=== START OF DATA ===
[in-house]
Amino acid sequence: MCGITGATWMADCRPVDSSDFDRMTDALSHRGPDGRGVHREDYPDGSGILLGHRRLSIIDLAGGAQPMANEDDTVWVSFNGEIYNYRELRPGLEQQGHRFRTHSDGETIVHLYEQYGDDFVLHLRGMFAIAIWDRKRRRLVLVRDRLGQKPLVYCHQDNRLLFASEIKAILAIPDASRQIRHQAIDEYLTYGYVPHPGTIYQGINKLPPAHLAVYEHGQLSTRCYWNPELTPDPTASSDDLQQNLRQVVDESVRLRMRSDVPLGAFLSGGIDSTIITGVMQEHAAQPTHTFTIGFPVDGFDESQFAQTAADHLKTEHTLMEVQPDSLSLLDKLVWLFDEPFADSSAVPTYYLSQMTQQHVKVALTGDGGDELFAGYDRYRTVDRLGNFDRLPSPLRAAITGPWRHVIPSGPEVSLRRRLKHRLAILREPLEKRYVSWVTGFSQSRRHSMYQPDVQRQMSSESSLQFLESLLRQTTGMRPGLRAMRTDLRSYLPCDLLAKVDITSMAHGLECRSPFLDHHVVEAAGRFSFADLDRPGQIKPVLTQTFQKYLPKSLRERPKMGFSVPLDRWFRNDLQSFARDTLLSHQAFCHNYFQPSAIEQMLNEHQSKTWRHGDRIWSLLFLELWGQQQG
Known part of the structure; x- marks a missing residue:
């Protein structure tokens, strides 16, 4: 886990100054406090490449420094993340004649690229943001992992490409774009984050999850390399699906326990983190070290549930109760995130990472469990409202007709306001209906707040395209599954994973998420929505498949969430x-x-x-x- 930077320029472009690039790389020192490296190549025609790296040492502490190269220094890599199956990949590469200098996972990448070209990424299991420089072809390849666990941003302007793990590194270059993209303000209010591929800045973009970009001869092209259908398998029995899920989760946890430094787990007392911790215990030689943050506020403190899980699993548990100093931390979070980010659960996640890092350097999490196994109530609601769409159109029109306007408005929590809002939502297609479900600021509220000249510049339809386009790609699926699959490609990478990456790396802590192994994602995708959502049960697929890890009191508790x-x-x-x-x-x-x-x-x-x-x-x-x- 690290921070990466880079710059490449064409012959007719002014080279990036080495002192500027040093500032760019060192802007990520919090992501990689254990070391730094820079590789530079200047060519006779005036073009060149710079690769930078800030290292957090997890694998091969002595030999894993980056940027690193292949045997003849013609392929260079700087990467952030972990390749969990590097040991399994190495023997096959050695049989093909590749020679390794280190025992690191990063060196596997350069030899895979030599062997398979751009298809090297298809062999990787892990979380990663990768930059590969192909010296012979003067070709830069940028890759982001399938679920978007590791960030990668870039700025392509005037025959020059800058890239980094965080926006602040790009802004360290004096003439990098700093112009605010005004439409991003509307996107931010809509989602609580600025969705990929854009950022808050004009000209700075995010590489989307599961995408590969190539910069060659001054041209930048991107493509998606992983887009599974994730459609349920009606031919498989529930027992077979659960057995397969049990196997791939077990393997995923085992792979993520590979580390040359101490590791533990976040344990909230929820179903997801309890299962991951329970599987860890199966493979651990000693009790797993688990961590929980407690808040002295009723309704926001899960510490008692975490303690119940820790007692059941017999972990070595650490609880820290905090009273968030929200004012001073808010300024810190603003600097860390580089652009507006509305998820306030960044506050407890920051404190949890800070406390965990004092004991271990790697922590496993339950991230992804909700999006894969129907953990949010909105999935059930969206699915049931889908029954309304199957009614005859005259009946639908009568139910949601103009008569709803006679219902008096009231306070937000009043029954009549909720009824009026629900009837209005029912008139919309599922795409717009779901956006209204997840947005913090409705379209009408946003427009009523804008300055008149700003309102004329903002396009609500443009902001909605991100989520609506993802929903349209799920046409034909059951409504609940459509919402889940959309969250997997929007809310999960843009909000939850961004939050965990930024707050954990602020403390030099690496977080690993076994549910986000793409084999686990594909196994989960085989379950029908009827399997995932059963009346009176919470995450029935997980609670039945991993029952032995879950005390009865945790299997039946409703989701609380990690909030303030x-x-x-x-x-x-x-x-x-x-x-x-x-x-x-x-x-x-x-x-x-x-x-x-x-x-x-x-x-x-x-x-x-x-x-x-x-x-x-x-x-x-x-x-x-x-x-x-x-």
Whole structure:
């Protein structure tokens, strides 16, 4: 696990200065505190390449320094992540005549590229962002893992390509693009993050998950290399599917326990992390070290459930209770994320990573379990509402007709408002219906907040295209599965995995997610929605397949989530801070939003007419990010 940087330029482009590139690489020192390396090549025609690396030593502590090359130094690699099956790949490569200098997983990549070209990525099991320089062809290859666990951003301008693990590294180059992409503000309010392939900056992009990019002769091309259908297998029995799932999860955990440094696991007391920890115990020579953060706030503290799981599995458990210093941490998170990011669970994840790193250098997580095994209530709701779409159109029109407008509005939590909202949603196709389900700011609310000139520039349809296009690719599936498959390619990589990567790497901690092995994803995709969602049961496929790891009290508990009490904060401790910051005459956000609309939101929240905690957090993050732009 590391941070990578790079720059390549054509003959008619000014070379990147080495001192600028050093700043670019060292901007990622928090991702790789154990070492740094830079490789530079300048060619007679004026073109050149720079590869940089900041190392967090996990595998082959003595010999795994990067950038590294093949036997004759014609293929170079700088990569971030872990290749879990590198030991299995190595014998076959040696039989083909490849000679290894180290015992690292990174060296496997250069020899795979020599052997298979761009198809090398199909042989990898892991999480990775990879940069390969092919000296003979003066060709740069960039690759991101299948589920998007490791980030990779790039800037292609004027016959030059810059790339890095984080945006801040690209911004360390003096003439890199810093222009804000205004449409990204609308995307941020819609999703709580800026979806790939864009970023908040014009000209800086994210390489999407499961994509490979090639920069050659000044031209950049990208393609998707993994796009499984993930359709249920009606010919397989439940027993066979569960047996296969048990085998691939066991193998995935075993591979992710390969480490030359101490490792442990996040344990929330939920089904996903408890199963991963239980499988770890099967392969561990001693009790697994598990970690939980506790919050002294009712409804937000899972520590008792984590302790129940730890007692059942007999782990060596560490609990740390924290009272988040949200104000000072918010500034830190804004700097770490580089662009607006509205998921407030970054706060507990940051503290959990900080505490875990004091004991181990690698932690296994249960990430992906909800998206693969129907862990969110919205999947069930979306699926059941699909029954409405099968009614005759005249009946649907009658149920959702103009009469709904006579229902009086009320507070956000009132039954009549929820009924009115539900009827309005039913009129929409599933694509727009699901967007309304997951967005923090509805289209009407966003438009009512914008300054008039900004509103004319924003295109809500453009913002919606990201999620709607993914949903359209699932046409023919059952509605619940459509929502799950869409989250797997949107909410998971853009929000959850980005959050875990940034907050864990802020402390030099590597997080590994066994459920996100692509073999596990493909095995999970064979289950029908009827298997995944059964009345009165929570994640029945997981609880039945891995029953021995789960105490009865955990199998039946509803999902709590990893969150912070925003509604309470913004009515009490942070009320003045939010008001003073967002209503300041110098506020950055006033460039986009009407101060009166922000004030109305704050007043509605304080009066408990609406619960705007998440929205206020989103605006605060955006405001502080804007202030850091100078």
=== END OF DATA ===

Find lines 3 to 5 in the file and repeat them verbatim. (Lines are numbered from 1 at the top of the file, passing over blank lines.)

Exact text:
Known part of the structure; x- marks a missing residue:
């Protein structure tokens, strides 16, 4: 886990100054406090490449420094993340004649690229943001992992490409774009984050999850390399699906326990983190070290549930109760995130990472469990409202007709306001209906707040395209599954994973998420929505498949969430x-x-x-x- 930077320029472009690039790389020192490296190549025609790296040492502490190269220094890599199956990949590469200098996972990448070209990424299991420089072809390849666990941003302007793990590194270059993209303000209010591929800045973009970009001869092209259908398998029995899920989760946890430094787990007392911790215990030689943050506020403190899980699993548990100093931390979070980010659960996640890092350097999490196994109530609601769409159109029109306007408005929590809002939502297609479900600021509220000249510049339809386009790609699926699959490609990478990456790396802590192994994602995708959502049960697929890890009191508790x-x-x-x-x-x-x-x-x-x-x-x-x- 690290921070990466880079710059490449064409012959007719002014080279990036080495002192500027040093500032760019060192802007990520919090992501990689254990070391730094820079590789530079200047060519006779005036073009060149710079690769930078800030290292957090997890694998091969002595030999894993980056940027690193292949045997003849013609392929260079700087990467952030972990390749969990590097040991399994190495023997096959050695049989093909590749020679390794280190025992690191990063060196596997350069030899895979030599062997398979751009298809090297298809062999990787892990979380990663990768930059590969192909010296012979003067070709830069940028890759982001399938679920978007590791960030990668870039700025392509005037025959020059800058890239980094965080926006602040790009802004360290004096003439990098700093112009605010005004439409991003509307996107931010809509989602609580600025969705990929854009950022808050004009000209700075995010590489989307599961995408590969190539910069060659001054041209930048991107493509998606992983887009599974994730459609349920009606031919498989529930027992077979659960057995397969049990196997791939077990393997995923085992792979993520590979580390040359101490590791533990976040344990909230929820179903997801309890299962991951329970599987860890199966493979651990000693009790797993688990961590929980407690808040002295009723309704926001899960510490008692975490303690119940820790007692059941017999972990070595650490609880820290905090009273968030929200004012001073808010300024810190603003600097860390580089652009507006509305998820306030960044506050407890920051404190949890800070406390965990004092004991271990790697922590496993339950991230992804909700999006894969129907953990949010909105999935059930969206699915049931889908029954309304199957009614005859005259009946639908009568139910949601103009008569709803006679219902008096009231306070937000009043029954009549909720009824009026629900009837209005029912008139919309599922795409717009779901956006209204997840947005913090409705379209009408946003427009009523804008300055008149700003309102004329903002396009609500443009902001909605991100989520609506993802929903349209799920046409034909059951409504609940459509919402889940959309969250997997929007809310999960843009909000939850961004939050965990930024707050954990602020403390030099690496977080690993076994549910986000793409084999686990594909196994989960085989379950029908009827399997995932059963009346009176919470995450029935997980609670039945991993029952032995879950005390009865945790299997039946409703989701609380990690909030303030x-x-x-x-x-x-x-x-x-x-x-x-x-x-x-x-x-x-x-x-x-x-x-x-x-x-x-x-x-x-x-x-x-x-x-x-x-x-x-x-x-x-x-x-x-x-x-x-x-």
Whole structure: